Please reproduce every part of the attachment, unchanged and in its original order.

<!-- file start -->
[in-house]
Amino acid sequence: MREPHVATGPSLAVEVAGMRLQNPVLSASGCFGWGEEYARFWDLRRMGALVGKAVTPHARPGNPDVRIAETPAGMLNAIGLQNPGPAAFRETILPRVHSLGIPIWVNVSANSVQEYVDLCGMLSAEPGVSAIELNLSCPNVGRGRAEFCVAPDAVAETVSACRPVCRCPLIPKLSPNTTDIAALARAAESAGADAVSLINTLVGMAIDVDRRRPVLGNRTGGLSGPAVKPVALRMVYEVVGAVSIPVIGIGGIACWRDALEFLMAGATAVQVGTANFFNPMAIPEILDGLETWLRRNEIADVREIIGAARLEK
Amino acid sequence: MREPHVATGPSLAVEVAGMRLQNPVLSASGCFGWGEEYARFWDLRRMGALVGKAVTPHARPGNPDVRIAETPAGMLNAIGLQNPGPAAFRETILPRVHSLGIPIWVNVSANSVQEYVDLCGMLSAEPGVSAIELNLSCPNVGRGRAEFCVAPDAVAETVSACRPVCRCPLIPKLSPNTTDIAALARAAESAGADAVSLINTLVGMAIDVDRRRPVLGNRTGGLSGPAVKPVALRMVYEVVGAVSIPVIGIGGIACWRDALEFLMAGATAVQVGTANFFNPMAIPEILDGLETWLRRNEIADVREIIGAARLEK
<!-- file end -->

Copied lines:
[in-house]
Amino acid sequence: MREPHVATGPSLAVEVAGMRLQNPVLSASGCFGWGEEYARFWDLRRMGALVGKAVTPHARPGNPDVRIAETPAGMLNAIGLQNPGPAAFRETILPRVHSLGIPIWVNVSANSVQEYVDLCGMLSAEPGVSAIELNLSCPNVGRGRAEFCVAPDAVAETVSACRPVCRCPLIPKLSPNTTDIAALARAAESAGADAVSLINTLVGMAIDVDRRRPVLGNRTGGLSGPAVKPVALRMVYEVVGAVSIPVIGIGGIACWRDALEFLMAGATAVQVGTANFFNPMAIPEILDGLETWLRRNEIADVREIIGAARLEK
Amino acid sequence: MREPHVATGPSLAVEVAGMRLQNPVLSASGCFGWGEEYARFWDLRRMGALVGKAVTPHARPGNPDVRIAETPAGMLNAIGLQNPGPAAFRETILPRVHSLGIPIWVNVSANSVQEYVDLCGMLSAEPGVSAIELNLSCPNVGRGRAEFCVAPDAVAETVSACRPVCRCPLIPKLSPNTTDIAALARAAESAGADAVSLINTLVGMAIDVDRRRPVLGNRTGGLSGPAVKPVALRMVYEVVGAVSIPVIGIGGIACWRDALEFLMAGATAVQVGTANFFNPMAIPEILDGLETWLRRNEIADVREIIGAARLEK